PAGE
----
HARRISONBURG, Va.—One of North America's largest retreaders has bid passenger-tire retreading adieu. Ray Carr Tires Inc. ceased retreading passenger tires Jan. 12 because of declining demand for the product, President Raymond Carr Jr. said in a prepared statement.
``This decision will allow the company to focus its resources and efforts toward continued expansion in truck-tire retreading, new-tire sales and retail/commercial locations,'' Mr. Carr said.
Ray Carr Tires' exit from passenger tire retreading comes only two months after EcoTyre Technologies Inc.—considered the nation's second-largest passenger-tire retreader as recently as 1997—officially went out of business.
Ray Carr's decision also comes at a time when passenger-tire retreading overall is in steep decline. Production last year fell nearly 24 percent to 2.9 million units and is forecast to drop another 17 percent this year, to roughly 2.5 million units, according to the International Tire and Rubber Association (ITRA). The number of shops retreading passenger tires fell 5.5 percent to 170 last year, the ITRA said.
Ray Carr Tires has retreaded all types of passenger tires since its founding in 1968. Last year it produced 60,000 passenger retreads, a stark contrast to the 350,000 units retreaded in 1982, said Tim Nicely, Ray Carr Tires' vice president of human resources.
With low new-tire prices driving the cost of retreads down, it's no surprise Ray Carr Tires could no longer turn a profit on passenger retreads, Harvey Brodsky, managing director of the Tire Retread Information Bureau, said.
``It's very difficult for a tire dealer to sell a retreaded tire to a consumer when the savings for the whole sale is going to be $4. There's not enough of a spread to make it interesting,'' Mr. Brodsky said.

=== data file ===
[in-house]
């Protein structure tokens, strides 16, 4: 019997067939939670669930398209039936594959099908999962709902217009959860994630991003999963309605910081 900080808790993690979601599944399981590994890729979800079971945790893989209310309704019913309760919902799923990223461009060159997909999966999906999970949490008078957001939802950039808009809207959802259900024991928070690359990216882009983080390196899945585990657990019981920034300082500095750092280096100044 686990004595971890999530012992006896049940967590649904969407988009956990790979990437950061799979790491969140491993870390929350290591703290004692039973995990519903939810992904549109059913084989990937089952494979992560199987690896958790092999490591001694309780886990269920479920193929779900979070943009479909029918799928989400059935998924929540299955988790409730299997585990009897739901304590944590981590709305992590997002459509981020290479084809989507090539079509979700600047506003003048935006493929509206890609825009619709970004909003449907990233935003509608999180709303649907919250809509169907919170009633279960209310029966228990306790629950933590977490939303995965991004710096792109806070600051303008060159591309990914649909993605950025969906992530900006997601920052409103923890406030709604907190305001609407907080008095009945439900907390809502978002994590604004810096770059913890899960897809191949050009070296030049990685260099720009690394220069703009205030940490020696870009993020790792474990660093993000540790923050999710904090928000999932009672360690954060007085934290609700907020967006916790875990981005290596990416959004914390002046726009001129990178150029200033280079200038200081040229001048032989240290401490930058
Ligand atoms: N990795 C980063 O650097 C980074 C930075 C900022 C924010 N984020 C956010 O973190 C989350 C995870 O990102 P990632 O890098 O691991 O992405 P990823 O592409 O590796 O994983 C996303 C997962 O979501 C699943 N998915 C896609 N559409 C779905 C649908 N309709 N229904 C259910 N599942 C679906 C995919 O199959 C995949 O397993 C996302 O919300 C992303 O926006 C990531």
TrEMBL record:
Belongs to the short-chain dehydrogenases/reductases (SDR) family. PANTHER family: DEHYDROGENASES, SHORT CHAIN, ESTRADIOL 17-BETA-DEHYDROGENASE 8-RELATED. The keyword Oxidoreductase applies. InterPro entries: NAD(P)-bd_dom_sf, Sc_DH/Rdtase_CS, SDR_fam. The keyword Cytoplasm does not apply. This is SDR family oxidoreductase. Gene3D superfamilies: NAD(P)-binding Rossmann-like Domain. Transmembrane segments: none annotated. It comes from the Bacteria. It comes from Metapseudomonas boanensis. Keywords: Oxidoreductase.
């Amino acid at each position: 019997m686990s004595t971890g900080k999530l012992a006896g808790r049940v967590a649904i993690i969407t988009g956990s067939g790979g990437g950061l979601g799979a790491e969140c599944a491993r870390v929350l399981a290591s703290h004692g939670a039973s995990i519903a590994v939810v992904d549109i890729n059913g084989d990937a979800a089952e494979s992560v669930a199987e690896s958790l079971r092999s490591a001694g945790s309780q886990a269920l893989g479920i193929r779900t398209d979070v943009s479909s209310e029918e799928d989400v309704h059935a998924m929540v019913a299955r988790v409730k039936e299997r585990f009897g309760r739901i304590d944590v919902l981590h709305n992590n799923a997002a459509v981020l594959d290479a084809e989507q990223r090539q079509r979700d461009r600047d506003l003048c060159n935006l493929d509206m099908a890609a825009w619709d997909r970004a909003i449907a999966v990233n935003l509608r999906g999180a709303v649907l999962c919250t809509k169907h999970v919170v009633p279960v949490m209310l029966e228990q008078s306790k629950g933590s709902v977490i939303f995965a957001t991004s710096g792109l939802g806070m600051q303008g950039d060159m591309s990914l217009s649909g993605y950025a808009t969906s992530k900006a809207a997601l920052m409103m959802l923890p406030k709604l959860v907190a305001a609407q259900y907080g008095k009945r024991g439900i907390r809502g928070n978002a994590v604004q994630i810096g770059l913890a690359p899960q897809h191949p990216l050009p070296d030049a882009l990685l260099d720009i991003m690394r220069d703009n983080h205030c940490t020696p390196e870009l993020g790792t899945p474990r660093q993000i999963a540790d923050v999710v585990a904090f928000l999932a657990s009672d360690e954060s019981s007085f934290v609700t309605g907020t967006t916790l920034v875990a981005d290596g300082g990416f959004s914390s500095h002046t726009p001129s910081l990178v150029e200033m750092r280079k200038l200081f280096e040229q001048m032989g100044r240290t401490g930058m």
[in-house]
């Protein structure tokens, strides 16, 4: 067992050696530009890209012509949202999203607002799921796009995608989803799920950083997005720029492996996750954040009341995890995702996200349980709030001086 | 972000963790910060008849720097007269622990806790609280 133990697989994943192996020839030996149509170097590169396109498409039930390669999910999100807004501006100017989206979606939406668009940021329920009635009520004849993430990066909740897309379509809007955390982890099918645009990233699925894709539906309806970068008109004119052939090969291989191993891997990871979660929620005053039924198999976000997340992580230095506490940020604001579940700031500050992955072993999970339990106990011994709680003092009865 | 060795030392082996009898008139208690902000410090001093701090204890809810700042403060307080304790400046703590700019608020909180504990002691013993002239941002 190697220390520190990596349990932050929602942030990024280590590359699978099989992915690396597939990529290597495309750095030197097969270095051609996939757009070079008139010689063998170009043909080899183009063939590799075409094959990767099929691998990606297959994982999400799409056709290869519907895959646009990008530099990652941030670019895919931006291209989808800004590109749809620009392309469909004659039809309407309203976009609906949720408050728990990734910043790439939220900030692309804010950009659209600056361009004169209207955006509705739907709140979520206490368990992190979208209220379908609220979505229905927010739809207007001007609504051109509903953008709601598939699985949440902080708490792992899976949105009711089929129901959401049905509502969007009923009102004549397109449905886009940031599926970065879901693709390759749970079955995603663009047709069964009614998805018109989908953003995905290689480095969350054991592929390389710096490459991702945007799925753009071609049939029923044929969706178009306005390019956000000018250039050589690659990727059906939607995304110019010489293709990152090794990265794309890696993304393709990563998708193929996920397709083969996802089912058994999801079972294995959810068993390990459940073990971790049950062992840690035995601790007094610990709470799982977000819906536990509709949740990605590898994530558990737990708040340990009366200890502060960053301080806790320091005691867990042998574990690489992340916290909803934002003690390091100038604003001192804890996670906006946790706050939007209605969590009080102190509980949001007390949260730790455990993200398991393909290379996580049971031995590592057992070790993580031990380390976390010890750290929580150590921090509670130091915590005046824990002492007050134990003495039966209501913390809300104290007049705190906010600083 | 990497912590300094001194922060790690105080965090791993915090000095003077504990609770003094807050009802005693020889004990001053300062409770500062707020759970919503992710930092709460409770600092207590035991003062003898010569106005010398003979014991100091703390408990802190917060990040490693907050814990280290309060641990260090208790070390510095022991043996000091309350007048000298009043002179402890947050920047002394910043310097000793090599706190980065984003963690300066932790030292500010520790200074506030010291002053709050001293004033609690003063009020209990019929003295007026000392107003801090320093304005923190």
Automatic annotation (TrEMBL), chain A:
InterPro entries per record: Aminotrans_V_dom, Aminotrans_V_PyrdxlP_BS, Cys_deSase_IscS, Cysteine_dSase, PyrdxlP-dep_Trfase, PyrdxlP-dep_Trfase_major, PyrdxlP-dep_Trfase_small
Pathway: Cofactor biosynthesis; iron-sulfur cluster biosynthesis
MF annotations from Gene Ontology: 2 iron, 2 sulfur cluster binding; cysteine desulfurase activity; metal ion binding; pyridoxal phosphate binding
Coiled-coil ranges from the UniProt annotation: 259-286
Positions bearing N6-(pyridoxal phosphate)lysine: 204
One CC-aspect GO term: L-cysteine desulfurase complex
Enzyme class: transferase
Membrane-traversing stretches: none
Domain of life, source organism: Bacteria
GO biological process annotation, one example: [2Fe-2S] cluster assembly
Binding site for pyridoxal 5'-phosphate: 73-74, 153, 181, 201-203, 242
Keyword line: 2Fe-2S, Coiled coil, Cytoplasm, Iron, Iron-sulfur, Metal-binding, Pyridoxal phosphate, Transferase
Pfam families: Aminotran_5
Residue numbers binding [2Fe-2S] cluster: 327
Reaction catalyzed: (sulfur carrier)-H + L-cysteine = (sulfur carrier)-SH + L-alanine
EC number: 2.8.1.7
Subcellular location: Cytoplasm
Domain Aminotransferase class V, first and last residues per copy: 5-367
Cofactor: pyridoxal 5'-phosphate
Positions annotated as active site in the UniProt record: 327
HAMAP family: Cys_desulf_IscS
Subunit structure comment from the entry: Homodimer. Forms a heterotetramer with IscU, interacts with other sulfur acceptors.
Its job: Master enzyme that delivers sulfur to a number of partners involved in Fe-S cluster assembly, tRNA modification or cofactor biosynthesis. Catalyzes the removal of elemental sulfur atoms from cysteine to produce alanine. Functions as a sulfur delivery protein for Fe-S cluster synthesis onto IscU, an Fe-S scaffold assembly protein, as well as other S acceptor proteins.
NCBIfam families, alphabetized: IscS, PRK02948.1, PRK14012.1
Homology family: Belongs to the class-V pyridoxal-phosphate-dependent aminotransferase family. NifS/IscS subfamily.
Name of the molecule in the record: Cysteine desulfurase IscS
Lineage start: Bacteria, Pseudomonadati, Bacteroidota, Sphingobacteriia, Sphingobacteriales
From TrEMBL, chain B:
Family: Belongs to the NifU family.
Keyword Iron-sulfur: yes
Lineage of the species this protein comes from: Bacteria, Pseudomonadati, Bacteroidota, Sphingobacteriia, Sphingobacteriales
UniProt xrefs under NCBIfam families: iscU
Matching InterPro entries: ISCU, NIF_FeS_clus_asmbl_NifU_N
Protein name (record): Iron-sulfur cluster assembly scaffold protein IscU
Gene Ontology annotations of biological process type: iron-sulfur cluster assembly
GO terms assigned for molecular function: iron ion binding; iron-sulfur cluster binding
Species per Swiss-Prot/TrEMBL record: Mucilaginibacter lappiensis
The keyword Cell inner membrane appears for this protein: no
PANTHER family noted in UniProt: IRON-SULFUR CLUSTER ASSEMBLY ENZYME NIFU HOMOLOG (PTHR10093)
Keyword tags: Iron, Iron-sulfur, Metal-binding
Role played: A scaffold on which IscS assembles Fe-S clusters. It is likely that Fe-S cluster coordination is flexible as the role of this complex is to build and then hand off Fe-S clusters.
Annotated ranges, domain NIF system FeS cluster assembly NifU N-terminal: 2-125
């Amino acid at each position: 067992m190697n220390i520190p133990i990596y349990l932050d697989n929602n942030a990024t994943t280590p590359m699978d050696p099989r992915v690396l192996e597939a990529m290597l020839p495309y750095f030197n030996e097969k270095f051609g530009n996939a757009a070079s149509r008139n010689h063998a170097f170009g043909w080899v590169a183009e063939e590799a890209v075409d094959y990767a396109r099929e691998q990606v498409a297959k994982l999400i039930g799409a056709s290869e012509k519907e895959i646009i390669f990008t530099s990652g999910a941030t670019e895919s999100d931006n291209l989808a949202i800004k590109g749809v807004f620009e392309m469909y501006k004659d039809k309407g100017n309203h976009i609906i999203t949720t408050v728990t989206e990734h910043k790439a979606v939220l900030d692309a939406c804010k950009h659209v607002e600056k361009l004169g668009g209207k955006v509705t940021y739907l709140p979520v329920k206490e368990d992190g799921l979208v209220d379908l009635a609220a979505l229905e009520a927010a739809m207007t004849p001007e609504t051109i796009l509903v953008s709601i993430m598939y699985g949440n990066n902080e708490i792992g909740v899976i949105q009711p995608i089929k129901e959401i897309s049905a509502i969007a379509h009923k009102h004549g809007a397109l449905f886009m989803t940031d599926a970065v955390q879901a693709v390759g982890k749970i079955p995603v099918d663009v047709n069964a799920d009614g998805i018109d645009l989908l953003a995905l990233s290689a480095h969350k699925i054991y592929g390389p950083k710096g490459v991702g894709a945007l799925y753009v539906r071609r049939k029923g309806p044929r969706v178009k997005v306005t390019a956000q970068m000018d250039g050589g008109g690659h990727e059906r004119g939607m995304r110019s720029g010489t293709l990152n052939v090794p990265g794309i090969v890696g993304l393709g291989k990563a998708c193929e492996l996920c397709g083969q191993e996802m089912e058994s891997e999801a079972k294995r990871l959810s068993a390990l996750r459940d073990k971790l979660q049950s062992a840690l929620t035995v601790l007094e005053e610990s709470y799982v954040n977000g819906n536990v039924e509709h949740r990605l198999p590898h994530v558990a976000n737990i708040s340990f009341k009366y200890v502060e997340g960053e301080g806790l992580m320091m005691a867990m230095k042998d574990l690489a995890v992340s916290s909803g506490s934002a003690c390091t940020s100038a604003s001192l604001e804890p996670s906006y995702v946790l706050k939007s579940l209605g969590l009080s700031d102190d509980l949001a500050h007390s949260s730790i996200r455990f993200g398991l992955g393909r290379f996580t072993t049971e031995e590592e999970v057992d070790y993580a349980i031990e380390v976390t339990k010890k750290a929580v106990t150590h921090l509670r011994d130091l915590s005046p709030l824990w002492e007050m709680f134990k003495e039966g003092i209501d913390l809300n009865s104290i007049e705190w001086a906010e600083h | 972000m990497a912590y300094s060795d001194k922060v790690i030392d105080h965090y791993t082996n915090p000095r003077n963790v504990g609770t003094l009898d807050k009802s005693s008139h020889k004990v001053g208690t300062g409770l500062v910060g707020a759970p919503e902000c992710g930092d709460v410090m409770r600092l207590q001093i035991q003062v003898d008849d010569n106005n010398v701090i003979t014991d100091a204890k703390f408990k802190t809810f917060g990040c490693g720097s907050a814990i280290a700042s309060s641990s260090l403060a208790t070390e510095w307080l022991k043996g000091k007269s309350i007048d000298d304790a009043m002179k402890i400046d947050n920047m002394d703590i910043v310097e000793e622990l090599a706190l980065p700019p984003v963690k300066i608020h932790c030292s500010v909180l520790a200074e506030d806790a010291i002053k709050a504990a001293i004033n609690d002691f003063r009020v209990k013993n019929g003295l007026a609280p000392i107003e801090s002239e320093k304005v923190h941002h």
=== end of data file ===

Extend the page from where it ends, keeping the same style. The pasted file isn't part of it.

The closing eliminates 20 jobs, but some the affected workers are expected to transfer to other parts of the company, Mr. Nicely said. Ray Carr Tires has offered all terminated employees severance packages based on seniority, he said.
The company hasn't decided yet what it will do with its passenger-tire retread facility in Harrisonburg, but it will sell most of the equipment, valued at approximately $1 million, Mr. Nicely said.
Ray Carr Tires conceivably could use the plant to expand its truck tire retreading unit, also in Harrisonburg, which is operating at full capacity, he said.
The dealership—already among the 20 largest truck tire retreaders in North America with daily production of 570 units—hasn't ruled out expanding its combination commercial/retail or retreading locations.
``We don't have anything planned right now, but certainly that's the direction we want to go in the future as we continue to have our locations and distribute our products through our locations,'' Mr. Nicely said.
In addition to the retread shop, the firm operates nine commercial, retail and wholesale locations throughout Virginia, West Virginia, Maryland and Pennsylvania. Two of these locations were opened during 1998.
The company wants to continue to expand its truck-tire retreading business, which experienced a 10-percent rise in sales during 1998, Mr. Nicely said.
He declined to disclose Ray Carr Tires' 1998 sales or how much sales passenger and truck tire retreading bring in annually, but he acknowledged that passenger retreading was a small part of the whole.
ITRA Executive Director Marvin Bozarth doesn't think Ray Carr Tires' exit will sound the death knell of passenger retreading.
``I think you're going to start to see some of the European retreaders set up dealerships in the U.S.,'' he said. ``I think we'll start to see imports coming in and selling to dealers in heavily populated areas.''
Retreaders who produce passenger retreads for niche markets, such as high-performance or snow tires, are more likely to remain profitable, Mr. Bozarth said.
However, Mr. Brodsky doesn't see a strong market for passenger retreads in the future because most people don't pay attention to the environment, but to their wallets.
``The days where millions and millions of retreads were sold—well, those days are over,'' Mr. Brodsky said, ``unless something drastically changes that I don't know about.
``If Raymond couldn't do it, nobody could do it, because Raymond ran a very lean operation and was retreading more passenger tires than anybody in the United States at one time.''